Skip to main content

I know I said that I wasn't going to place the building on the layout until the boiler house and silos were completed, but I couldn't help myself. It was going to be a while until the other parts were complete and I needed the work surface. So I placed the stuff onto the layout and was not disappointed. I hooked up the power and lit it up. At least now it's in a place where it can't be damaged by me bumping into it.


Distillery Complete 8

Distillery Complete 4

The Town as of 11-16


And some longer view shots,


Distillery Long Shot 1

Distillery Complete 2


I've gotten the boiler house drawings complete and will send it through to Andre for cutting. I spoke to Bob Spaulding at Altoona Model Works to see if the smoke stack can have different lettering. It can. I need to do more research on the silos, especially all the detail on the top works. 


I started this building in earnest in April and finished it in November. If I do another, it will take about half that time. It's that old learning curve again.


There's still a Bourbon warehouse to build. This is not a brick building and therefore, shouldn't be as difficult to design and build, but it has a ton of windows which would lend themselves to laser cutting. And I actually ran some trains today... what fun!


Images (5)
  • Distillery Complete 8
  • Distillery Complete 4
  • The Town as of 11-16
  • Distillery Long Shot 1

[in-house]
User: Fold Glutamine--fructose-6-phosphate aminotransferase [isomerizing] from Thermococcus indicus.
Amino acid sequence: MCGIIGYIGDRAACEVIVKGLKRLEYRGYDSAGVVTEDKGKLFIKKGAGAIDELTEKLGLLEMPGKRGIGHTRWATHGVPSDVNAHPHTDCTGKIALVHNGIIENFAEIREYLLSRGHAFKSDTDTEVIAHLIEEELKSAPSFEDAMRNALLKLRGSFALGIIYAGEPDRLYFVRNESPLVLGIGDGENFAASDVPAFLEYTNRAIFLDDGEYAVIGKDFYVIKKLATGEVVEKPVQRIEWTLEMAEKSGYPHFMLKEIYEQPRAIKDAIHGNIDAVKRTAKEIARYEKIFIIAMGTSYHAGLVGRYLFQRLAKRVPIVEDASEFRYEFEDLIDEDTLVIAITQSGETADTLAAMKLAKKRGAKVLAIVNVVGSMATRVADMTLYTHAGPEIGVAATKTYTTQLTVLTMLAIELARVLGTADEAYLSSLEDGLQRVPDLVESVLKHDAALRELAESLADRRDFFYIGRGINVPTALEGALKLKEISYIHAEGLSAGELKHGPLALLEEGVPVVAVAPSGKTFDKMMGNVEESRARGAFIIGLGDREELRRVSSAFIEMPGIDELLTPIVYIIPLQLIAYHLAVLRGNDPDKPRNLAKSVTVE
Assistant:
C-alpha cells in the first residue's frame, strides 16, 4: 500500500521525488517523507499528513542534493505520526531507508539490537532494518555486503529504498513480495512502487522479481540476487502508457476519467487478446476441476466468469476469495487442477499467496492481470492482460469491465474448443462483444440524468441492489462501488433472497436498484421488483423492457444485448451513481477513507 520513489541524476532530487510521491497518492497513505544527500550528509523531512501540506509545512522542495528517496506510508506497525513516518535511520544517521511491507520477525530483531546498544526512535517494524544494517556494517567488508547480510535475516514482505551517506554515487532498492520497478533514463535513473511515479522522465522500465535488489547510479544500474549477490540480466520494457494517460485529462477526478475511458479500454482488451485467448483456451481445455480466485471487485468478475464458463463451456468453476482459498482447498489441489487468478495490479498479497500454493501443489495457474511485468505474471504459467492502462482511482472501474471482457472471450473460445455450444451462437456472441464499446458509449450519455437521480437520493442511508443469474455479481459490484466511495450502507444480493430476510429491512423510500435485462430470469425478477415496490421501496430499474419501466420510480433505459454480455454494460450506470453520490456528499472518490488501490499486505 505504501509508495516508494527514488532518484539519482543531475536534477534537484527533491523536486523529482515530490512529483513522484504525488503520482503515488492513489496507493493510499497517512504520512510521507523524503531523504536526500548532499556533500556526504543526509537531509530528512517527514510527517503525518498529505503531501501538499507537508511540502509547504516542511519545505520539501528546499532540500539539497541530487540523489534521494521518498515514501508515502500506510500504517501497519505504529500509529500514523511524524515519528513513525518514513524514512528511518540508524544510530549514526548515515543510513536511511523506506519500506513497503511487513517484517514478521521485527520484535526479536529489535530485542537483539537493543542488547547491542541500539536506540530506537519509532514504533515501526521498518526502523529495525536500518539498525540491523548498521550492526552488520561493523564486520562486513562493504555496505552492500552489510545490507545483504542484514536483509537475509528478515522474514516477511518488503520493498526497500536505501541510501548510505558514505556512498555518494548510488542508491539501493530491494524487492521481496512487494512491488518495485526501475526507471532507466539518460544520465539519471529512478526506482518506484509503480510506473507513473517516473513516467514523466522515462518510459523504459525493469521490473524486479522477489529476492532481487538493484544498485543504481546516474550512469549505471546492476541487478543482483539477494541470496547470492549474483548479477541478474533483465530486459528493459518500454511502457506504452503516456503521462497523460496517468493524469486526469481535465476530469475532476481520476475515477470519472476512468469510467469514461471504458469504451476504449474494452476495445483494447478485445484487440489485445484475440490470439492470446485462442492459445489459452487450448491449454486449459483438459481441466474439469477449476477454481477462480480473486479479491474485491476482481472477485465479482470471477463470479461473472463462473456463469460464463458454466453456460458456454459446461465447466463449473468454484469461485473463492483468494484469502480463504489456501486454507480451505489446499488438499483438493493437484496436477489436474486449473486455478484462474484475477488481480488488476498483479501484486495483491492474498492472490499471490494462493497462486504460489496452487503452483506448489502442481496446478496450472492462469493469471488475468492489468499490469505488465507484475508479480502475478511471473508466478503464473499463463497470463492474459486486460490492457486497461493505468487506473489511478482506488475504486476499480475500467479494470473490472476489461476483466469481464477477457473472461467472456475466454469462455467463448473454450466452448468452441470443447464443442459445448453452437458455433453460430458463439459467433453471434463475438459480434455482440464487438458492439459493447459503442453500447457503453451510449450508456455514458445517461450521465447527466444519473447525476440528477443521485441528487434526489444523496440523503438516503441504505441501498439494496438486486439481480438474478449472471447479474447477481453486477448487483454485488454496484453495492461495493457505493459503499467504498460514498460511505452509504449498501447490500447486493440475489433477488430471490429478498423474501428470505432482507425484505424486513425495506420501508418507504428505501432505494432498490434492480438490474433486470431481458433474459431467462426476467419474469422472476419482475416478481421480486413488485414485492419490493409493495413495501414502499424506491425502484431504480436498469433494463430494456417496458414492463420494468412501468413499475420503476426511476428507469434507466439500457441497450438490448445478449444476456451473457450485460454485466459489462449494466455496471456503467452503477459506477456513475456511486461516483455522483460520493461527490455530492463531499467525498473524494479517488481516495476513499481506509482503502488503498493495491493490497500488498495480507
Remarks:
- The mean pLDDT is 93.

• Distillery Complete 2

Thanks all!


Started building the silos. Once again, I wish I was making three instead of two. It took one to figure out how to do it.


The job started with gluing the wooden place holders to the tops of the mailing tubes. These are the same wooden circles that I made to do the site work .


I then wrapped the mailing tube with strips of thick paper to create the bands that you see with the prototype. I used the 3M99 high-strength adhesive. I sprayed the strips, but after putting on the first one, I realized that it would adhere better if I sprayed the mailing tube also. This meant having to mask the first strip that I already applied. I masked it, sprayed some more adhesive on the tube and applied the second band, and then masked that. I realized this was dumb and sprayed the rest of the tube. 


The final band overlapped the bottom so I had to spray the tube again which meant more masking. The result was a near catastrophe when I tried to remove the 3M blue tape. It peeled a lot of the paper bands and made a mess of the surface. This led me to covering all of this with aluminum foil.


Silo 1 Problems 2

Silo 1 Problems 1


I used the MicroMark PVA onto the shiny side of the foil after cutting a piece foil that would fit with some overlap. After force-drying the adhesive I rolled the tube onto the foil to start the wrap and then used a rag to smooth the foil onto the tube. Again, the results were sub-par.


Silo 1 Alum


I smoothed the foil down with a burnishing tool that removed the most obvious wrinkles. From a distant is looks passable.